“I wasn’t fully conscious of it, but subconsciously I was chasing water.”
Barcelona-based photographer Denisse Ariana Pérez brings an anthropological rigor to her pursuit of people, looking at issues of race, gender, identity and subculture, and interrelating those subjects with environmental surroundings ranging from urban to extreme nature.
Born in the Dominican Republic to an Afro-Caribbean father and White Dominican mother, Denisse, 33, has a rich global perspective gleaned from her college years in New York, followed by stints in Stockholm and Copenhagen, and punctuated by trips to East Africa and beyond. She has delivered searing editorial imagery for publications including The Guardian, El Pais and Dazed, and her personal body of work is increasingly popping up in reputable institutions such as Photo London and Fotografiska.
From now until June 2022, her photography will be seen on bus shelters in New York, Chicago or Boston, as part of the Public Art Fund’s Global Positioning initiative. But it was the publication of her recent (and now sold out!) book Agua which piqued our curiosity as a zero-water company and led us to collaborate with her on a series of bespoke images for Conscia.
Let’s start with Agua — a topic we’re clearly also passionate about. What inspired you to do a book on water?
I was born on an island but never spoke to water. Years later, water spoke to me. The project started about three years ago. I had a couple of spiritual awakenings and became more perceptive about nature and water. Water made me feel incredibly connected to myself but also a general connectedness. I realized that I wanted to be able to allow others to connect. I photographed people who lived near water landscapes. Later on my publisher reached out, and I told them, I have a theme and a name. I decided to go to different parts of the world and look at different types of water and skins, to showcase diversity.
How did you find your subjects?
Some are people I know—friends of friends, dancers, etc.—and some were through street casting. The boys with Albinism I met while working with an organization in Senegal and Uganda.
As someone of mixed race, do you feel compelled to explore
diversity in your work?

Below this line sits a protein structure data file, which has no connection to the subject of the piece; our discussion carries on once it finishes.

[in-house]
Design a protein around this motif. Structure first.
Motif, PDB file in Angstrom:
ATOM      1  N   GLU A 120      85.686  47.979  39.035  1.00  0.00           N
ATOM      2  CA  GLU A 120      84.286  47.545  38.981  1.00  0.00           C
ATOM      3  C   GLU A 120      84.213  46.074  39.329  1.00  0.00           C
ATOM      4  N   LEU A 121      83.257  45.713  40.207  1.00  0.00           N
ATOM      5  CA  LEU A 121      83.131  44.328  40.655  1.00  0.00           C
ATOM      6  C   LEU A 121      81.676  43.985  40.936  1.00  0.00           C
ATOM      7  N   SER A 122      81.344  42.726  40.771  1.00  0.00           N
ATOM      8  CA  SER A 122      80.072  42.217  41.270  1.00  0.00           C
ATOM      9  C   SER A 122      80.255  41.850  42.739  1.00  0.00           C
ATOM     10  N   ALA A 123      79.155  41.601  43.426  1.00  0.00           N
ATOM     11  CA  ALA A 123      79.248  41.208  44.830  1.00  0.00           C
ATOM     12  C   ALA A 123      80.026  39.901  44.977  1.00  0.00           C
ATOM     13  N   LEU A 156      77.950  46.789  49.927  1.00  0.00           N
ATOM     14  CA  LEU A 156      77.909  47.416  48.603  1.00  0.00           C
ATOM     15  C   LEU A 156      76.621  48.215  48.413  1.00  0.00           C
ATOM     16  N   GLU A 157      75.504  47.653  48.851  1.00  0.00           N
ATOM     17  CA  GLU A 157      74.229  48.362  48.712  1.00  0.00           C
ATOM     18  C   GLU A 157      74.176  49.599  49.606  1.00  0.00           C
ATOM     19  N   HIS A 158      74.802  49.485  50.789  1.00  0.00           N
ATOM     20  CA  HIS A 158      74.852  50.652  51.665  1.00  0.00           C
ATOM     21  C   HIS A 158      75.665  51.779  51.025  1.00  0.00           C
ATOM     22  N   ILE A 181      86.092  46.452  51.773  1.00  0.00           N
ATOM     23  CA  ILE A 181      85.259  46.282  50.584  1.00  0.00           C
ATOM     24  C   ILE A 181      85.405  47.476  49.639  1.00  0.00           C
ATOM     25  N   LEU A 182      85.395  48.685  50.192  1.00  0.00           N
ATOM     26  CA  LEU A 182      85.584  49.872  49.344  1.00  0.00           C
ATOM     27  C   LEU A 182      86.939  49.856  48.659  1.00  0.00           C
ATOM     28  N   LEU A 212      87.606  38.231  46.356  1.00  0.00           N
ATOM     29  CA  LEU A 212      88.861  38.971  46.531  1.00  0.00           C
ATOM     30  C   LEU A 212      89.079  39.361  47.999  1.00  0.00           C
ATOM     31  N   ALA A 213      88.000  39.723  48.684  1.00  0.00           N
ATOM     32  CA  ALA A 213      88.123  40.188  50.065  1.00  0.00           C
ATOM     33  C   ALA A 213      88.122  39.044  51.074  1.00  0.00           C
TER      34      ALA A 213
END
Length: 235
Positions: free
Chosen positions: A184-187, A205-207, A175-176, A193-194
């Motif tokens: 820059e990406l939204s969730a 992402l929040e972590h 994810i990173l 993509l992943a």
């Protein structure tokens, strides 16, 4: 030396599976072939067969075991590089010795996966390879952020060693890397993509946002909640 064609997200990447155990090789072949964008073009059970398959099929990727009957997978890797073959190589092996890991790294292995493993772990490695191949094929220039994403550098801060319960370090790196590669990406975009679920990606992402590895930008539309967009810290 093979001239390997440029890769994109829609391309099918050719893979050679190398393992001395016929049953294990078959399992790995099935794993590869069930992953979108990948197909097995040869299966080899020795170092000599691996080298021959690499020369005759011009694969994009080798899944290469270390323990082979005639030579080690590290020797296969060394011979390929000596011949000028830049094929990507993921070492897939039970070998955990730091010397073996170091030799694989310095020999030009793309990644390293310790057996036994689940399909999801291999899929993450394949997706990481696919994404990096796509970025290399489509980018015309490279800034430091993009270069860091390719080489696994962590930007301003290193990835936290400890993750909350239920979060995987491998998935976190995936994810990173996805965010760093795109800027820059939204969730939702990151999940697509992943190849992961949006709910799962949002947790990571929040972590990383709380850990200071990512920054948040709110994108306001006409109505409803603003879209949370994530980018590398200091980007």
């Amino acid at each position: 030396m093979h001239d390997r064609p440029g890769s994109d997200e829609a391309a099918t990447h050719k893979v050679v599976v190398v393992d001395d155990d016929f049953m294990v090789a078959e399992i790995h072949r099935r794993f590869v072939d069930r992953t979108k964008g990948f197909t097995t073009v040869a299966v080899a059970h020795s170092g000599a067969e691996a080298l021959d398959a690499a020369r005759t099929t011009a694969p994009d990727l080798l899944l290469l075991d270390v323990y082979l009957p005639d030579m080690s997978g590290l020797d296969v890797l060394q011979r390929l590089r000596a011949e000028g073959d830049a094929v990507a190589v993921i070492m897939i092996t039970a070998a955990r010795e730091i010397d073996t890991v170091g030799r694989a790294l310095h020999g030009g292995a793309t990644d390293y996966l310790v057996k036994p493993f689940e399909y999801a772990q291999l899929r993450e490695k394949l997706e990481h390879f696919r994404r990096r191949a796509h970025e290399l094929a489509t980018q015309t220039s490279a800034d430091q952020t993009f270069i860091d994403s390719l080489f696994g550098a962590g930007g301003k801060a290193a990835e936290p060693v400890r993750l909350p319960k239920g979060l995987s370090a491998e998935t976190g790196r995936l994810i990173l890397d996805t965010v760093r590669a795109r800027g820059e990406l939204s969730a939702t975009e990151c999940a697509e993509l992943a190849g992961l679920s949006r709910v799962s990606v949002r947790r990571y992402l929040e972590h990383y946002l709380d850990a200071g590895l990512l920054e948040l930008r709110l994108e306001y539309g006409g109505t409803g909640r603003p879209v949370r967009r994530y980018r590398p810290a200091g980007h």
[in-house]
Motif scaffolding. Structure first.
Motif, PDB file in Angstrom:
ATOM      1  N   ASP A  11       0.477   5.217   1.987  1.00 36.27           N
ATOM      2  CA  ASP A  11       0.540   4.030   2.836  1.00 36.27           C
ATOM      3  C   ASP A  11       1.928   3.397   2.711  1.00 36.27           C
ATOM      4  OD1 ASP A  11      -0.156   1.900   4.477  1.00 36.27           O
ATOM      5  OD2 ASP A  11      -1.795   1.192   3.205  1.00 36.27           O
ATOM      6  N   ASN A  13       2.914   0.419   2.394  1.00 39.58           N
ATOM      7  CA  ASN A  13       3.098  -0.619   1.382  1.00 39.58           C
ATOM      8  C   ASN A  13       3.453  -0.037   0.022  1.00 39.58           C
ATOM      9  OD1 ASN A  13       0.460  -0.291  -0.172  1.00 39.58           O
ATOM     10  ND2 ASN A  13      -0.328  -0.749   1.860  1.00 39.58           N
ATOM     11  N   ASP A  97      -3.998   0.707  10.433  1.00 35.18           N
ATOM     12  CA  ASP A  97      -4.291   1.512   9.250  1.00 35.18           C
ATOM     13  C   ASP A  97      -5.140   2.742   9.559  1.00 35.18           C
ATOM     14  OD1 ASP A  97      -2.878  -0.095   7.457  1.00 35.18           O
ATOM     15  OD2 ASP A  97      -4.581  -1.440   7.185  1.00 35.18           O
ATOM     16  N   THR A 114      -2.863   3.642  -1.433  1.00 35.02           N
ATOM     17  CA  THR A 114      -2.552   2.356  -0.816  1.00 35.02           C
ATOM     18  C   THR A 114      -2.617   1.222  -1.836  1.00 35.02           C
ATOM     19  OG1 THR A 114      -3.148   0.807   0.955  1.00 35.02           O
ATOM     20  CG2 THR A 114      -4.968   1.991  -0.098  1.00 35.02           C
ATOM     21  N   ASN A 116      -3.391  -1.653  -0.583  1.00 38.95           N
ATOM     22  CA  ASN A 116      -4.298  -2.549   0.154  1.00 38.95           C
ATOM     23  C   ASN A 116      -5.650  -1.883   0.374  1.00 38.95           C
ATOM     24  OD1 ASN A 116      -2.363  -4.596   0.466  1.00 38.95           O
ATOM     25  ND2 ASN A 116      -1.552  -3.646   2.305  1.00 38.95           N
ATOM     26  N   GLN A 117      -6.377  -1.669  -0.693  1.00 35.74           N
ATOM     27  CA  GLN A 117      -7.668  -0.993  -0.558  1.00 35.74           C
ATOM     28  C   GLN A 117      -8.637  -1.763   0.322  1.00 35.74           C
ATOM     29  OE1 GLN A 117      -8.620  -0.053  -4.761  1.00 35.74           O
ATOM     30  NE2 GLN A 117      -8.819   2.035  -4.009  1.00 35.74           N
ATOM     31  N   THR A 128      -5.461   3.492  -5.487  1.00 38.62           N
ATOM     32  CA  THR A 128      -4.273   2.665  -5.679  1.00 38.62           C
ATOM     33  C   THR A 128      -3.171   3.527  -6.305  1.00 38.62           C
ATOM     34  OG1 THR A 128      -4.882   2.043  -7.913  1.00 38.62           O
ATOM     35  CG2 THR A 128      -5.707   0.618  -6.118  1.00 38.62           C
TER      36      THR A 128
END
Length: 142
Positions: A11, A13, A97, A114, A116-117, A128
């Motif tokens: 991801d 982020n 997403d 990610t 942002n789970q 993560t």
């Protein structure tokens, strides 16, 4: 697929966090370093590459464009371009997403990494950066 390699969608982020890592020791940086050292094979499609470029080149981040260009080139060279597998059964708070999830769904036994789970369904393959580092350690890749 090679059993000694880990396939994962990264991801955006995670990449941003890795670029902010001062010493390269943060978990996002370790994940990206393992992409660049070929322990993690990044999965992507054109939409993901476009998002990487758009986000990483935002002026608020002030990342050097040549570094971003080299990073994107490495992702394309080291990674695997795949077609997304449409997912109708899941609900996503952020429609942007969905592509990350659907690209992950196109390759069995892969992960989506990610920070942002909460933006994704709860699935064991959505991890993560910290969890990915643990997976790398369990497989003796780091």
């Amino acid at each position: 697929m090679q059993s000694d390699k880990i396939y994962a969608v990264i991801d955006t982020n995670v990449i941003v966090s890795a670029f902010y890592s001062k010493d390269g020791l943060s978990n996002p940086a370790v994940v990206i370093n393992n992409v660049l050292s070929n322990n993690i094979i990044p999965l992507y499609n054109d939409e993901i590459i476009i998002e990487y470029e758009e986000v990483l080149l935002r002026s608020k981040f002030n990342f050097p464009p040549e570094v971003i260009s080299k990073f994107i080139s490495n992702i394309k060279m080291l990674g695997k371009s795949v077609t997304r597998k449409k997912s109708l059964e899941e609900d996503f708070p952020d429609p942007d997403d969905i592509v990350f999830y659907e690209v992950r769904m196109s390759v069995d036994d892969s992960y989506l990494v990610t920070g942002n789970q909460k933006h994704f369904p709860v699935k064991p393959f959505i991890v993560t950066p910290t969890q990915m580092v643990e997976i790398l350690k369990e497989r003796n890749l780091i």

I think my work is rebelling against things I grew up with. Choosing to photograph the beauty of people of color is going against the more conservative and racist Dominican culture. There is no celebration of blackness in the Dominican Republic.
Why do you prefer film to digital?
I will shoot digital if I have to, but it’s mostly film since three years ago. I use a Nikon F2 35mm camera. My process changed when I made that camera change. I became more disciplined, questioning each photo: Is this worth a frame? I photograph people mostly, which creates an intimate space. Film allows neither myself nor the subject to know what is happening. Film takes trust.
How do you approach environmental
In my personal life, I try to be aware of a sustainable use of products and reducing plastic. I go around with a reusable bottle of water. Fortunately, I live in a place where tap water is filtered and that enables me to do that.
Tell us about your hair fabric.
That has also been a journey. It was straightened until about four or five years ago. Not chemically but with a blowdryer and flat iron. This is embedded in Dominican culture. Wearing your natural hair was not something deemed as polished or presentable— I don’t think I could have gone to my private school with an Afro or braids. It would have been too “Black.” I only knew myself this way and wanted to see my hair curly, as I had always admired that. I called my best friend and told him I need an ally—nobody had taught me, none of the female figures in my life. So I learned on YouTube and found a community there around natural hair.
From that day I never went back. The first year, I let it grow natural. It was changing every month after all those years of damage. It was like having a plant that you are nurturing from birth. After a year it found itself. It was such a liberating, momentous thing. And I did braids the first time this year—another new experience. It felt like a rite of passage. Now it’s a way of protecting my curls.
Favorite natural element: Snake plants, succulents, eccentric leaves that are a statement piece.
Primary cause: Equality, not just gender equality but human equality and inclusivity. And the environment.
Icons and inspirations: Paintings by Egon Schiele. Vivian Maier and Andre Wagner. Junot Diaz’s work for its mixture of rebellion, playfulness, depth, pain and humor.
Flying by Garth Stevenson
What is your hair care routine?
I only wash it once a week, and I changed to using only natural products. When I wash my hair, I do it in the bath, and it’s a full ritual—I play music and light a candle. When my hair is curly, the whole process takes three hours, so I make it into an evening. For drying when it’s curly, I use a blow dryer on low heat and a diffuser. So it’s shampoo, conditioner, detangling, leave-on conditioner, diffuse it, then go in with a ’fro comb to puff it out so it becomes lush.
Other daily rituals?
I do yoga and meditate at many moments in life, from taking a short walk and having a moment of inner connectedness to having a conversation with the sun.
How do you relax?
I play music and burn Palo Santo in my room. Recently an album that has very much allowed me to just chill out is Flying by Garth Stevenson. Especially the song "Southern Sea". I am known to put a song on repeat.
What does beauty mean to you?
I force myself to focus on beauty in my work, so I am constantly looking for it. Maybe I’m a radical optimist. A lot of the time I photograph people who don’t consider themselves beautiful, but I do. Beauty is in the energy and the skin of people. Poetry is everywhere. Beauty is poetry. Honesty is beautiful.
“I photograph in nature, and it’s a ritual to do so. I like to play with it, reimagine it.”